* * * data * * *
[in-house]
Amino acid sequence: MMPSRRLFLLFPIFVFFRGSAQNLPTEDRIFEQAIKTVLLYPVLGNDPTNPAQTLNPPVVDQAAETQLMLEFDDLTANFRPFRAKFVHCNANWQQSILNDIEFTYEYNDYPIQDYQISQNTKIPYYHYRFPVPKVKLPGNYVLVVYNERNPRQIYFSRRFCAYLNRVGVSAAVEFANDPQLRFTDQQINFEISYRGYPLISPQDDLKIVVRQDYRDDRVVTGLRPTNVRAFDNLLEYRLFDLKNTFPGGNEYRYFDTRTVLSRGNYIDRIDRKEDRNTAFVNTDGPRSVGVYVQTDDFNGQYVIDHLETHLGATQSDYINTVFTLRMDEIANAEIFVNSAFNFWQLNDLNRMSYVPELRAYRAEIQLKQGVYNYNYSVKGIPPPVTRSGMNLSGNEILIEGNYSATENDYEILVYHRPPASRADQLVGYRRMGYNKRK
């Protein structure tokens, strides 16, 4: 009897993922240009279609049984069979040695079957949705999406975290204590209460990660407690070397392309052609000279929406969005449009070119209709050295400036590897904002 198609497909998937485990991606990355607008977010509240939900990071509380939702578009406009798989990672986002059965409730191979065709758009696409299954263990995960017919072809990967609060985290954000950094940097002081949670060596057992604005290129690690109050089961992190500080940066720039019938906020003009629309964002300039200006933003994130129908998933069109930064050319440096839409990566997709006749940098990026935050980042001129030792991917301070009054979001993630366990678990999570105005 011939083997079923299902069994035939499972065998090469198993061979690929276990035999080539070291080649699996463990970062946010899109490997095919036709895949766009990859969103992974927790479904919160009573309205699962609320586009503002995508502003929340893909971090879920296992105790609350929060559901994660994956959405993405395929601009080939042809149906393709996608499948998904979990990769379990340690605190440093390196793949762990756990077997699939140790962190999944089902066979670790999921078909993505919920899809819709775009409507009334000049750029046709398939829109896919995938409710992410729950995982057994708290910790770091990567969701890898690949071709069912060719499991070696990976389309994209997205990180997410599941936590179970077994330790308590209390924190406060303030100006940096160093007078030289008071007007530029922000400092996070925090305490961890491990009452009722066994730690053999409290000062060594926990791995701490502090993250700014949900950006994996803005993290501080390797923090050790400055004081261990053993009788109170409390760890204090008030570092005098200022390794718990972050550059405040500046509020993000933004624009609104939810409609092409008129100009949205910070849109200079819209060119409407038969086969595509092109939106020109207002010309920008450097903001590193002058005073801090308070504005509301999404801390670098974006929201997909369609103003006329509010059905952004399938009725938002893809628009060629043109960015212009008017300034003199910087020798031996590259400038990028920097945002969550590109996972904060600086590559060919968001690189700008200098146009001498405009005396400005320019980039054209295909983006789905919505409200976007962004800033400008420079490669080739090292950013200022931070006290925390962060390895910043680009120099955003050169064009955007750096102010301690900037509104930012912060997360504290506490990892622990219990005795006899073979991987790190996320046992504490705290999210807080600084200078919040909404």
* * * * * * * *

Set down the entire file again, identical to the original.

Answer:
[in-house]
Amino acid sequence: MMPSRRLFLLFPIFVFFRGSAQNLPTEDRIFEQAIKTVLLYPVLGNDPTNPAQTLNPPVVDQAAETQLMLEFDDLTANFRPFRAKFVHCNANWQQSILNDIEFTYEYNDYPIQDYQISQNTKIPYYHYRFPVPKVKLPGNYVLVVYNERNPRQIYFSRRFCAYLNRVGVSAAVEFANDPQLRFTDQQINFEISYRGYPLISPQDDLKIVVRQDYRDDRVVTGLRPTNVRAFDNLLEYRLFDLKNTFPGGNEYRYFDTRTVLSRGNYIDRIDRKEDRNTAFVNTDGPRSVGVYVQTDDFNGQYVIDHLETHLGATQSDYINTVFTLRMDEIANAEIFVNSAFNFWQLNDLNRMSYVPELRAYRAEIQLKQGVYNYNYSVKGIPPPVTRSGMNLSGNEILIEGNYSATENDYEILVYHRPPASRADQLVGYRRMGYNKRK
């Protein structure tokens, strides 16, 4: 009897993922240009279609049984069979040695079957949705999406975290204590209460990660407690070397392309052609000279929406969005449009070119209709050295400036590897904002 198609497909998937485990991606990355607008977010509240939900990071509380939702578009406009798989990672986002059965409730191979065709758009696409299954263990995960017919072809990967609060985290954000950094940097002081949670060596057992604005290129690690109050089961992190500080940066720039019938906020003009629309964002300039200006933003994130129908998933069109930064050319440096839409990566997709006749940098990026935050980042001129030792991917301070009054979001993630366990678990999570105005 011939083997079923299902069994035939499972065998090469198993061979690929276990035999080539070291080649699996463990970062946010899109490997095919036709895949766009990859969103992974927790479904919160009573309205699962609320586009503002995508502003929340893909971090879920296992105790609350929060559901994660994956959405993405395929601009080939042809149906393709996608499948998904979990990769379990340690605190440093390196793949762990756990077997699939140790962190999944089902066979670790999921078909993505919920899809819709775009409507009334000049750029046709398939829109896919995938409710992410729950995982057994708290910790770091990567969701890898690949071709069912060719499991070696990976389309994209997205990180997410599941936590179970077994330790308590209390924190406060303030100006940096160093007078030289008071007007530029922000400092996070925090305490961890491990009452009722066994730690053999409290000062060594926990791995701490502090993250700014949900950006994996803005993290501080390797923090050790400055004081261990053993009788109170409390760890204090008030570092005098200022390794718990972050550059405040500046509020993000933004624009609104939810409609092409008129100009949205910070849109200079819209060119409407038969086969595509092109939106020109207002010309920008450097903001590193002058005073801090308070504005509301999404801390670098974006929201997909369609103003006329509010059905952004399938009725938002893809628009060629043109960015212009008017300034003199910087020798031996590259400038990028920097945002969550590109996972904060600086590559060919968001690189700008200098146009001498405009005396400005320019980039054209295909983006789905919505409200976007962004800033400008420079490669080739090292950013200022931070006290925390962060390895910043680009120099955003050169064009955007750096102010301690900037509104930012912060997360504290506490990892622990219990005795006899073979991987790190996320046992504490705290999210807080600084200078919040909404």